When I finished reading The Nightingale by Kristen Hannah, I needed to talk about it as soon as possible. What a beautiful book. I have been reading a lot of World War II fiction lately because of something I’m working on, so I was interested to read this book on the back of some great reviews.
The Nightingale follows two sisters, Vianne and Isabelle, during the Nazi occupation in France. Vianne’s husband goes to the Front at the beginning of the war. She must do everything she can to keep herself and her daughter alive. Isabelle is a young and rebellious woman desperate to feel loved and valid. She is determined to be of use and joins the Resistance, risking everything while facing unbelievable danger. The two women, no matter their different lives, share stunning strength, determination and connection as they try to survive and keep all those around them safe during the horrors of war.
This is the type of book that made me stop and sit in deep thought when I came to the end, feeling emotional and awe-struck. I think that’s a real sign of a book’s power. Of course, a lot of that comes from the terrifying reality that this story is based on truth, that real people lived through similar situations to that in the book. But the writing is beautiful and atmospheric, and I could imagine being there with these two amazing women.
I think it is so important that we read these types of books. Not only do they keep those brave people who suffered and fought in various ways in our memory, and teach us about past mistakes and achievements, but they make us aware of what we have and what is important. Suddenly, the worries about how you look in an outfit or the stress about what people might think of you if you voice your opinion seem ridiculous. They make you aware of how much we have and how much we should value, and how hard we should try to do everything we can to have as good a life as possible because, horribly, so many people did not get that chance. Don’t waste yours.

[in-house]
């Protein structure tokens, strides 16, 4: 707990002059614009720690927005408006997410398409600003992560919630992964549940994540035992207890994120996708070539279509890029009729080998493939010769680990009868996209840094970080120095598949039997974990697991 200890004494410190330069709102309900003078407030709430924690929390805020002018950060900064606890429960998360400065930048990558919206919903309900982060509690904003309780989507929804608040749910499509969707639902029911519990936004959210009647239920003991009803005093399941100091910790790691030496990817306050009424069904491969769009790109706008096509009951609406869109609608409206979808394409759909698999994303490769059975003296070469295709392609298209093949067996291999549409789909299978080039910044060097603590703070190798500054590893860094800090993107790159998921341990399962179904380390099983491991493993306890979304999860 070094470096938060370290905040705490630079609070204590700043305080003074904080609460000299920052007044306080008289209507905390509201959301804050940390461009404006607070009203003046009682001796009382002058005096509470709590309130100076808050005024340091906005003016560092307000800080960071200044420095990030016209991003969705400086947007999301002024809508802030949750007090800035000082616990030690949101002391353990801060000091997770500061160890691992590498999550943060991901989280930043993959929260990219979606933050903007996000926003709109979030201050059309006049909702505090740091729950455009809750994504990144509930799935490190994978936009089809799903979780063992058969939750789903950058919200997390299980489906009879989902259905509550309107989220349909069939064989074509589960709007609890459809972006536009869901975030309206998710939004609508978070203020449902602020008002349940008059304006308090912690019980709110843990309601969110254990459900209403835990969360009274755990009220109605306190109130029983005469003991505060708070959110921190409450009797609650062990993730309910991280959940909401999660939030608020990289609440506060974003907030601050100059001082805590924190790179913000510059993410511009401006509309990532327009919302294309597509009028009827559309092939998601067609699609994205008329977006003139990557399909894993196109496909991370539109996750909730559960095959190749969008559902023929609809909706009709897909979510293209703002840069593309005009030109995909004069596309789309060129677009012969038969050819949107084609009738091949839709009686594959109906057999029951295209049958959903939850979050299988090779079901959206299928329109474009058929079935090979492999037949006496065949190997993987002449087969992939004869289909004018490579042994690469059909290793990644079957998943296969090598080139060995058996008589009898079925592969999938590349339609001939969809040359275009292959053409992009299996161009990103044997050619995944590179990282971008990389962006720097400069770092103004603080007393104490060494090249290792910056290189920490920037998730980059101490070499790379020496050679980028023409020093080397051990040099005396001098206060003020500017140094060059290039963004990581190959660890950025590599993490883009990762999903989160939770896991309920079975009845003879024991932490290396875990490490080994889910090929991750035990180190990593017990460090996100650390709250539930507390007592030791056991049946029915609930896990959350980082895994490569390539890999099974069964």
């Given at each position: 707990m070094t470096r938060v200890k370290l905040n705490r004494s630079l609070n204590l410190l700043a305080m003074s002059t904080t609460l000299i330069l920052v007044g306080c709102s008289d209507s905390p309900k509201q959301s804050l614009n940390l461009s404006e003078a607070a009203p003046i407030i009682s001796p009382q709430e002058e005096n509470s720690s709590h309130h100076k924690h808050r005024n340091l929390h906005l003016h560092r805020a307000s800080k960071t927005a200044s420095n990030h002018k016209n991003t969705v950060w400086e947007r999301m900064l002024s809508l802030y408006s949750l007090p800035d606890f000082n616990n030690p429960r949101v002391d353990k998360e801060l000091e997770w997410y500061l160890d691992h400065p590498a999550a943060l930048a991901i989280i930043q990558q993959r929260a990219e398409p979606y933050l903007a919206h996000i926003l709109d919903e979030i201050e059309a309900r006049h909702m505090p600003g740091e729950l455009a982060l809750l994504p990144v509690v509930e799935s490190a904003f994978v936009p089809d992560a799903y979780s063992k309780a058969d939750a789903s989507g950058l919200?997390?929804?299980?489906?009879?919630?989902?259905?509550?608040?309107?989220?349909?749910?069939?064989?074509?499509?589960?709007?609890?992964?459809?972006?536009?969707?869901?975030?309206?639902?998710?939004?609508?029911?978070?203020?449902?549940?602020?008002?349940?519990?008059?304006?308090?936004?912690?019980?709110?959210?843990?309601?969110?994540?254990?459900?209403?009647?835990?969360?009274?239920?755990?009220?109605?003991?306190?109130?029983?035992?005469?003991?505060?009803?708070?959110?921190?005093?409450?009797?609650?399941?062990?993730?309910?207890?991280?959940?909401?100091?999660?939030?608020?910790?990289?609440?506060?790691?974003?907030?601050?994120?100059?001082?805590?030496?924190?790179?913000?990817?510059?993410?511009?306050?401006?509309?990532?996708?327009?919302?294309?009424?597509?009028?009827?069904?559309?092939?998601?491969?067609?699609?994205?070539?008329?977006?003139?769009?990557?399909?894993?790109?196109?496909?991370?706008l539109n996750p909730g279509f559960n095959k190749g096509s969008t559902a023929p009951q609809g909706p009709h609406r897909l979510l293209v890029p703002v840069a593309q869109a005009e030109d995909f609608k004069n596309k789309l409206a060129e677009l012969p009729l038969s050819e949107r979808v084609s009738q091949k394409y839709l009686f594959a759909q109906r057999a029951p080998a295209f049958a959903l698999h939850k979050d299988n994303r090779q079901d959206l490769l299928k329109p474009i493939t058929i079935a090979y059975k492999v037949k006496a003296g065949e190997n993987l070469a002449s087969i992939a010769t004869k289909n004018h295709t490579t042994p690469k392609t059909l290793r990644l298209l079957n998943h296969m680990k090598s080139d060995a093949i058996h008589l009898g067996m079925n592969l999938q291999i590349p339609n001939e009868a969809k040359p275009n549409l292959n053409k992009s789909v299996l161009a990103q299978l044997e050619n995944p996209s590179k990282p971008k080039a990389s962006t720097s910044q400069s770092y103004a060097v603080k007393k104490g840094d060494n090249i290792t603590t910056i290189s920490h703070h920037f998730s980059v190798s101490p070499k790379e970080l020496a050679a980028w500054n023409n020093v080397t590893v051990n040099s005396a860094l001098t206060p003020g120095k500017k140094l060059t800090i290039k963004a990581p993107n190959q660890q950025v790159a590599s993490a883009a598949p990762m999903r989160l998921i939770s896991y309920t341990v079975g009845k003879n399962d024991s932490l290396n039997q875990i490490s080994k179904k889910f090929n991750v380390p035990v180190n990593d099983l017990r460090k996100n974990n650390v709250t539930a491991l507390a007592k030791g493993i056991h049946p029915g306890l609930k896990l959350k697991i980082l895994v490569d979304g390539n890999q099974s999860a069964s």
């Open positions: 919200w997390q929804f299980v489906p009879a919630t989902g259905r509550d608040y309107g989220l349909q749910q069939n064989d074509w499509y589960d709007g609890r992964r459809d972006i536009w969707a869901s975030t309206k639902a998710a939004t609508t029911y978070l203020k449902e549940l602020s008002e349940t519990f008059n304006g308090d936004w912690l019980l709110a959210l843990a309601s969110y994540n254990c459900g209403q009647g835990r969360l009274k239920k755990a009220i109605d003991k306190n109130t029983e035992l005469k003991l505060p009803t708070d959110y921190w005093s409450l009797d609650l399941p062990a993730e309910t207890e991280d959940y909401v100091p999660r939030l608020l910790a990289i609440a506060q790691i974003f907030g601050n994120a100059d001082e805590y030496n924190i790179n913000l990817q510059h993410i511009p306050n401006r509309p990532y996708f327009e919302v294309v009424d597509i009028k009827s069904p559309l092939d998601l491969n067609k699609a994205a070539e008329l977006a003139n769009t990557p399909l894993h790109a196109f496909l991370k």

This book is also important because it shows a different angle to that which is often portrayed in the war. It shows the women’s side – what they went through during the war, and amazing feats of courage and love that are often overlooked. Being ‘at home’ rather than at the Front didn’t mean they weren’t part of the war. It also looks into the German occupation in France, which is something that I found I did not know a whole lot about.
I listened to this book via Audible, and it was narrated extremely well. I think I’d like to read it again in book form as well so that I can make notes and appreciate it further. I tossed up between giving this 4 or 5 stars out of 5 because some parts didn’t grab my attention as much as others (though it really picks up the further in you go), but ultimately, the writing, character development, plot and message within it are amazing.
I gave The Nightingale 5 out 5 stars